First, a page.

It's up to you and your ears to determine which element you want to sculpt with EQ to reduce masking. If the drums already sound great, it could make sense to chip away at the instruments around it. In the screenshot above, I’ve made a cut on the drums, but you can also hit the “Synths” tab next to it and EQ there instead. Or you can EQ both at the same time, which leads me to my next point…
One of the most useful and fun features in the Masking Meter is the Inverse Link option, which applies complementary EQ settings to the instruments being analyzed. This means that a cut of 1 dB at 300 Hz on one instrument will produce an automatic boost of 1 dB at the same frequency on the other. Just click Inverse Link to activate the feature.
This way, you can make cuts and boosts knowing they will not aggravate frequency masking further. If your synth needs a boost at 4 kHz, Masking Meter will cut that same frequency on the drums to avoid nasty collisions. In the screenshot above, the “inverse” cut is represented by dashed lines. You can switch over the second instrument and make changes there too.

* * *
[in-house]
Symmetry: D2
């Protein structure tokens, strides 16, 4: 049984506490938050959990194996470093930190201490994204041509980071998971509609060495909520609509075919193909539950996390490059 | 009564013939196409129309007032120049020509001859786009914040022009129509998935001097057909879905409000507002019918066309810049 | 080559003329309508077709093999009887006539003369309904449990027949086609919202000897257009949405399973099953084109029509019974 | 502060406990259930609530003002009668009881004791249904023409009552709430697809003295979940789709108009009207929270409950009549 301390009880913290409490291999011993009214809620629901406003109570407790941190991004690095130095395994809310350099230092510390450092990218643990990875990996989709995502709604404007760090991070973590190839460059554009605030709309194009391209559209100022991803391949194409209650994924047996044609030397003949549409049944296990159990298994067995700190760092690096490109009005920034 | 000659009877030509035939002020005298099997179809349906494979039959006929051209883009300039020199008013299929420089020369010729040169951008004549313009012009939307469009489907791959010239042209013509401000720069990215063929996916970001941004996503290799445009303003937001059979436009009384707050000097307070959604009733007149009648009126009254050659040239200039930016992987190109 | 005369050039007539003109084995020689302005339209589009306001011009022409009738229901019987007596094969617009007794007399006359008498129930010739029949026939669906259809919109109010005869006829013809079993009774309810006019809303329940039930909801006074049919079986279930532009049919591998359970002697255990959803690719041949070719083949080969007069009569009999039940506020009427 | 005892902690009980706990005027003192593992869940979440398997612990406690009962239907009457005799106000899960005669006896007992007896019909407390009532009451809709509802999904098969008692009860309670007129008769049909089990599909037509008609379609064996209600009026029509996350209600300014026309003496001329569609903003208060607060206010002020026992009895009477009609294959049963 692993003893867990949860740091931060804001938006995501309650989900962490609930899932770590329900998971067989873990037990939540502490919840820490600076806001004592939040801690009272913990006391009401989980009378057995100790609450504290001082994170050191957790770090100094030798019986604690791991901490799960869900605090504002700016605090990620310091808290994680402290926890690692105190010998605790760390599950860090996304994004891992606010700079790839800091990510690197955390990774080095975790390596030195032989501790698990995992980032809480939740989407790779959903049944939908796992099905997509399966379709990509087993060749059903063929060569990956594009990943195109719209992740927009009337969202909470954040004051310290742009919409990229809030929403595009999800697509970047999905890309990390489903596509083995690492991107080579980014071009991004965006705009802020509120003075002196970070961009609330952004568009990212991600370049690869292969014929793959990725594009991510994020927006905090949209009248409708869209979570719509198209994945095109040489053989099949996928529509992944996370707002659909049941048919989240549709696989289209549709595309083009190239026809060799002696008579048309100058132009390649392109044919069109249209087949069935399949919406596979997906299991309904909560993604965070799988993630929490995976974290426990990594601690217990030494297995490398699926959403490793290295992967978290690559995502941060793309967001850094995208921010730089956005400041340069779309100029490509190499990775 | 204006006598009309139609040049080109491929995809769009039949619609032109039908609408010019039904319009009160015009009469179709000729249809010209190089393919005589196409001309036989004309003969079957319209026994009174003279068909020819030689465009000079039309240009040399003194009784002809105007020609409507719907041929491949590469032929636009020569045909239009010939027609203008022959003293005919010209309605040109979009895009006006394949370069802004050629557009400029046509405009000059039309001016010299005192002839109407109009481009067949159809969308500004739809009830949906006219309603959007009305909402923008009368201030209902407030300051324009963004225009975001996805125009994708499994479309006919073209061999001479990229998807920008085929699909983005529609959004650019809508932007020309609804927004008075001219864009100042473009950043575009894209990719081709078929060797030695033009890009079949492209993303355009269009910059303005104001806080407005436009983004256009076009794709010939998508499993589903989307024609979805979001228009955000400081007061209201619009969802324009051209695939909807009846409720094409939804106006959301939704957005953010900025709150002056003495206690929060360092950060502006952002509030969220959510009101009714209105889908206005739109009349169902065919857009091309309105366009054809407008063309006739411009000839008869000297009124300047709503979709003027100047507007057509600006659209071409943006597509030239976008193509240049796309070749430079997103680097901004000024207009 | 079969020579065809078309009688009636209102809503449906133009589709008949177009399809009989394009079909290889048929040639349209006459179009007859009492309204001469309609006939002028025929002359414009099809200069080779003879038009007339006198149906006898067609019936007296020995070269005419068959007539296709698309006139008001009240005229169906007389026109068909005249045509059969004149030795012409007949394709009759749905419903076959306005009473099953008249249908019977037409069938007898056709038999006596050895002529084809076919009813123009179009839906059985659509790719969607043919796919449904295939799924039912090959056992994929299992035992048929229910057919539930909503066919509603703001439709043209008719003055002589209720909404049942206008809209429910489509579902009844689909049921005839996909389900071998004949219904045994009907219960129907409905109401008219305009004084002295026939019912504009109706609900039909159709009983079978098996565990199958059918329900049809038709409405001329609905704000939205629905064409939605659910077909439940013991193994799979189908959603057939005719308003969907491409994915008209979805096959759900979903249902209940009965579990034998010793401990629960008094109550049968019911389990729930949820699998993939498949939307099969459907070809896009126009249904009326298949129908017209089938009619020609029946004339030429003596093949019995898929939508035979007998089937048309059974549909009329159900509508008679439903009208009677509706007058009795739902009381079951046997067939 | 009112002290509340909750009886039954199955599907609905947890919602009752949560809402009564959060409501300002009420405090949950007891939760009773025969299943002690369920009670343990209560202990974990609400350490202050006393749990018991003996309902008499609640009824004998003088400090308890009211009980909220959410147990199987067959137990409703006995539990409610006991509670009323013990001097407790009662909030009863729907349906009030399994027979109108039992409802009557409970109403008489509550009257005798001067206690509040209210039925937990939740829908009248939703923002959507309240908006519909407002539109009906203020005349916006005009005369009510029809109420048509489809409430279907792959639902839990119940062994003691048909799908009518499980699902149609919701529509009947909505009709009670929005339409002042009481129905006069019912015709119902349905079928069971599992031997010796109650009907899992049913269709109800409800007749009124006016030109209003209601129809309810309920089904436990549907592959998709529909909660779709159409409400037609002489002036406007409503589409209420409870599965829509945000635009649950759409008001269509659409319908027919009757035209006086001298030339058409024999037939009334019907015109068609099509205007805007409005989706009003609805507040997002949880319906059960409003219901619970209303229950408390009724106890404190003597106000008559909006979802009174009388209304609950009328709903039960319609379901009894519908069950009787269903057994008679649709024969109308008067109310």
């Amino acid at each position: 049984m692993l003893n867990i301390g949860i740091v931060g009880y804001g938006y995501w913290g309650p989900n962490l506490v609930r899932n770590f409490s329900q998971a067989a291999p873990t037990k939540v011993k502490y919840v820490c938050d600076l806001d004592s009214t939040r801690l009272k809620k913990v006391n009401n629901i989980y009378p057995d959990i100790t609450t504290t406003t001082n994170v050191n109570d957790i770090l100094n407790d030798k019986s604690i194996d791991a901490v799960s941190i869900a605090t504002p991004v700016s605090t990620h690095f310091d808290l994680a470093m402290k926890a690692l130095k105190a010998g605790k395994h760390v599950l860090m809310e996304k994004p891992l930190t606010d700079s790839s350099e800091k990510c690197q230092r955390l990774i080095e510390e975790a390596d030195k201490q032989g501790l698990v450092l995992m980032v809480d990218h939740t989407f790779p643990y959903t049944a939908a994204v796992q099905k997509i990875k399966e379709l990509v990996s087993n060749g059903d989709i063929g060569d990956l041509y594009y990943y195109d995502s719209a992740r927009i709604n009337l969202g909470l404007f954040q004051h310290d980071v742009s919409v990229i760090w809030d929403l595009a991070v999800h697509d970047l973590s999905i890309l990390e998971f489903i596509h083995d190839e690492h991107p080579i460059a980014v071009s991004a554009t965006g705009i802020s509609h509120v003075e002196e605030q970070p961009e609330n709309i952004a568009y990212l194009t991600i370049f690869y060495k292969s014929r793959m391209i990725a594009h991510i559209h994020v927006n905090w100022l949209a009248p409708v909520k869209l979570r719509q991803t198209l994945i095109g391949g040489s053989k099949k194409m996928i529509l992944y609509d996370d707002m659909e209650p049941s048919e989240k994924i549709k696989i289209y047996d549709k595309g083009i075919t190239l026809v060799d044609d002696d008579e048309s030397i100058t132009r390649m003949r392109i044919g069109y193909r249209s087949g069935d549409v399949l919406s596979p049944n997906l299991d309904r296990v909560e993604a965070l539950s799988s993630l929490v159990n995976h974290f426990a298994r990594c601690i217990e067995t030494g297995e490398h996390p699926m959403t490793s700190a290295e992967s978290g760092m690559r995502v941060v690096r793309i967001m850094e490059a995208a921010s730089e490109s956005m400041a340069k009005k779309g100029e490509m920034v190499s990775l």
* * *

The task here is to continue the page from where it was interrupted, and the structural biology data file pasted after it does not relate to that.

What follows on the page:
If you turn Inverse Link off, node position will remain unchained, and you can now shape each curve independently with manual moves, like widening the Q, bringing up the gain, and so on.
Certain instances of masking are solved with a single, static cut, but often times frequency collisions happen in an uneven manner. The bass masks the kick, but only when the kick is in the mix. The synths clash with the keys in the chorus, not the verse. The leads only rub against backgrounds when the voice dips into the deeper register.
Since masking doesn’t occur all the time, you don’t need your EQ to be actively cutting frequencies all the time.
This makes the dynamic EQ functionality on each node very useful. Let’s take the classic kick and bass war as an example. If you dial in a cut on the bass track where masking is occurring (as indicated by the Masking Meter), hit dynamic mode and then sidechain mode, and use the corresponding external EQ band on the kick track as an input, the bassline will only be EQed when the kick is present—at the specific frequency you selected, in this case, Band 1.